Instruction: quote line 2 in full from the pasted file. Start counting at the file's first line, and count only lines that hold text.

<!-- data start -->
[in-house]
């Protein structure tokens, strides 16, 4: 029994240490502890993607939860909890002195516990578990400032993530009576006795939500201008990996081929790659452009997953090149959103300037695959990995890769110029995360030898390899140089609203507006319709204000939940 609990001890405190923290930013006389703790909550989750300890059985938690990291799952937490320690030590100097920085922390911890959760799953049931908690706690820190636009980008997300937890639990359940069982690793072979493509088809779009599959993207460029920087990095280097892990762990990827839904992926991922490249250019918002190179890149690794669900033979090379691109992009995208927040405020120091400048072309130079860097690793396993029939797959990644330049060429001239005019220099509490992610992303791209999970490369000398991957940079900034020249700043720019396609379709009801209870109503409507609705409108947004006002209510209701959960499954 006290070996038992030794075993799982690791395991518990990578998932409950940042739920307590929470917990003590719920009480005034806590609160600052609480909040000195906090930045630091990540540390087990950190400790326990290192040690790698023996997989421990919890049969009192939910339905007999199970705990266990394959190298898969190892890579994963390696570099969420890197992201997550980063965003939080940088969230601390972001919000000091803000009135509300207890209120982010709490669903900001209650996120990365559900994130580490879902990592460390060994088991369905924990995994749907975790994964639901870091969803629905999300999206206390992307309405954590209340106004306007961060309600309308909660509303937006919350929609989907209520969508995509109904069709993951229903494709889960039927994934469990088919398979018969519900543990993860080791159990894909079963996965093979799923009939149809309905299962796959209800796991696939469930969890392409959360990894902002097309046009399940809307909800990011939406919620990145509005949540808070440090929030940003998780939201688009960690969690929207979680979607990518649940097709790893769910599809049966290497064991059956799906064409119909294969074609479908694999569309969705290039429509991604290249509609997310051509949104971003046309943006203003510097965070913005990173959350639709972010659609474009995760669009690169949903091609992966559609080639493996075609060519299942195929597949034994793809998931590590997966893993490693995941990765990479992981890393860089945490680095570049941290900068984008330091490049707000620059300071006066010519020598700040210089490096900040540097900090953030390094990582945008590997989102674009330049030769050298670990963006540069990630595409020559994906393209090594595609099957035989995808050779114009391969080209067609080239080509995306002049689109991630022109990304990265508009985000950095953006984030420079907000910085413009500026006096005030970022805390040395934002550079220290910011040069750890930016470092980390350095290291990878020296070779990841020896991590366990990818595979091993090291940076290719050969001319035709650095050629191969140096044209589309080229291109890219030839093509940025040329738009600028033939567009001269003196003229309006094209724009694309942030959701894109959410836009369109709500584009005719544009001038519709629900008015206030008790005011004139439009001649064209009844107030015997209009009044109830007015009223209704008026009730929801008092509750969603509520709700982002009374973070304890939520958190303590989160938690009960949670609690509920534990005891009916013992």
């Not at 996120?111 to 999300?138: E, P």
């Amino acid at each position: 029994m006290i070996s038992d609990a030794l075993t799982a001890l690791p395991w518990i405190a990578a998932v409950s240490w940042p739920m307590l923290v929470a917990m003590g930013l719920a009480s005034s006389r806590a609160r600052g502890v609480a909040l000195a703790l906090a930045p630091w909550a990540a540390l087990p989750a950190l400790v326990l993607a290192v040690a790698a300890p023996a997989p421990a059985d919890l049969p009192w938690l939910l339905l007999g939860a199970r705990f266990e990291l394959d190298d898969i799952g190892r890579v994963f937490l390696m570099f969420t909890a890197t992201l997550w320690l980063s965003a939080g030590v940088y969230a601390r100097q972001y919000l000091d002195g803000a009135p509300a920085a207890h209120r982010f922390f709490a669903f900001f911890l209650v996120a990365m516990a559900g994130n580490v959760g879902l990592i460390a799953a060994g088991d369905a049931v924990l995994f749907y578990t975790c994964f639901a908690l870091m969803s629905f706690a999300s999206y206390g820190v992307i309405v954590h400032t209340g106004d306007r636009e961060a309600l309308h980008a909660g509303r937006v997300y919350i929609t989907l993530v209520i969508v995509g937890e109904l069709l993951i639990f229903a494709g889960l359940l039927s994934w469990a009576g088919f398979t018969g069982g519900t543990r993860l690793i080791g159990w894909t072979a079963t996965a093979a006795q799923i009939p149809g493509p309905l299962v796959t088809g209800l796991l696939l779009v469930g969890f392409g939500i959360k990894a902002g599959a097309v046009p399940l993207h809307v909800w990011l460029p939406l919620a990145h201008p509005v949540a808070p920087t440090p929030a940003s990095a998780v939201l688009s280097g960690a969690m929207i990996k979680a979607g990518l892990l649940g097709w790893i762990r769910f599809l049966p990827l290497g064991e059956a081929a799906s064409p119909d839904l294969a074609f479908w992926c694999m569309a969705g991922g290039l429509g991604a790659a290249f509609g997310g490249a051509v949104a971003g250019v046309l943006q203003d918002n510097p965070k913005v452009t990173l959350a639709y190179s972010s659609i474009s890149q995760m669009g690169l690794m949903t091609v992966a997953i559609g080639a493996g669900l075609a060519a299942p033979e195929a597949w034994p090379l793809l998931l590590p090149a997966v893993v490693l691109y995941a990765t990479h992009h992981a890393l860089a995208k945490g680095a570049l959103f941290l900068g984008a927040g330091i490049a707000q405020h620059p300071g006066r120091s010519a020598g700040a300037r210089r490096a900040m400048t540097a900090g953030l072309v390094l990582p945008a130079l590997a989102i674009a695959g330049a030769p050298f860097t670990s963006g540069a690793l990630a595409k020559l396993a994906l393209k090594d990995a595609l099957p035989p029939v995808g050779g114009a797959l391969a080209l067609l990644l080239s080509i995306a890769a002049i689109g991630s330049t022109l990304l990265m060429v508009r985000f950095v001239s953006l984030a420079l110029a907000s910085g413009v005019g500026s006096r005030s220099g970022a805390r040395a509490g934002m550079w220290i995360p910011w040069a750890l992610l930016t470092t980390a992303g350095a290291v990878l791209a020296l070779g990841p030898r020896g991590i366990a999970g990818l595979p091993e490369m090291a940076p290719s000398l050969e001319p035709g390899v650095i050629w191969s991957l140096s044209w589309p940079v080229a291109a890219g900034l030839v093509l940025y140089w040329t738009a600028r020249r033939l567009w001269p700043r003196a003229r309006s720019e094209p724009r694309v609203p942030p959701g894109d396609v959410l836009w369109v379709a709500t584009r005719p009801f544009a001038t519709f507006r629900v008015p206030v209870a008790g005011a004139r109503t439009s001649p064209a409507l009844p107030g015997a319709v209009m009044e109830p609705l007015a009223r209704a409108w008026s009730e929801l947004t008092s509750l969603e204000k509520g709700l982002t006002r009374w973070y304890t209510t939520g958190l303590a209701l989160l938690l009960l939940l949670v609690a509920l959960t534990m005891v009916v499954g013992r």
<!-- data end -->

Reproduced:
């Protein structure tokens, strides 16, 4: 029994240490502890993607939860909890002195516990578990400032993530009576006795939500201008990996081929790659452009997953090149959103300037695959990995890769110029995360030898390899140089609203507006319709204000939940 609990001890405190923290930013006389703790909550989750300890059985938690990291799952937490320690030590100097920085922390911890959760799953049931908690706690820190636009980008997300937890639990359940069982690793072979493509088809779009599959993207460029920087990095280097892990762990990827839904992926991922490249250019918002190179890149690794669900033979090379691109992009995208927040405020120091400048072309130079860097690793396993029939797959990644330049060429001239005019220099509490992610992303791209999970490369000398991957940079900034020249700043720019396609379709009801209870109503409507609705409108947004006002209510209701959960499954 006290070996038992030794075993799982690791395991518990990578998932409950940042739920307590929470917990003590719920009480005034806590609160600052609480909040000195906090930045630091990540540390087990950190400790326990290192040690790698023996997989421990919890049969009192939910339905007999199970705990266990394959190298898969190892890579994963390696570099969420890197992201997550980063965003939080940088969230601390972001919000000091803000009135509300207890209120982010709490669903900001209650996120990365559900994130580490879902990592460390060994088991369905924990995994749907975790994964639901870091969803629905999300999206206390992307309405954590209340106004306007961060309600309308909660509303937006919350929609989907209520969508995509109904069709993951229903494709889960039927994934469990088919398979018969519900543990993860080791159990894909079963996965093979799923009939149809309905299962796959209800796991696939469930969890392409959360990894902002097309046009399940809307909800990011939406919620990145509005949540808070440090929030940003998780939201688009960690969690929207979680979607990518649940097709790893769910599809049966290497064991059956799906064409119909294969074609479908694999569309969705290039429509991604290249509609997310051509949104971003046309943006203003510097965070913005990173959350639709972010659609474009995760669009690169949903091609992966559609080639493996075609060519299942195929597949034994793809998931590590997966893993490693995941990765990479992981890393860089945490680095570049941290900068984008330091490049707000620059300071006066010519020598700040210089490096900040540097900090953030390094990582945008590997989102674009330049030769050298670990963006540069990630595409020559994906393209090594595609099957035989995808050779114009391969080209067609080239080509995306002049689109991630022109990304990265508009985000950095953006984030420079907000910085413009500026006096005030970022805390040395934002550079220290910011040069750890930016470092980390350095290291990878020296070779990841020896991590366990990818595979091993090291940076290719050969001319035709650095050629191969140096044209589309080229291109890219030839093509940025040329738009600028033939567009001269003196003229309006094209724009694309942030959701894109959410836009369109709500584009005719544009001038519709629900008015206030008790005011004139439009001649064209009844107030015997209009009044109830007015009223209704008026009730929801008092509750969603509520709700982002009374973070304890939520958190303590989160938690009960949670609690509920534990005891009916013992």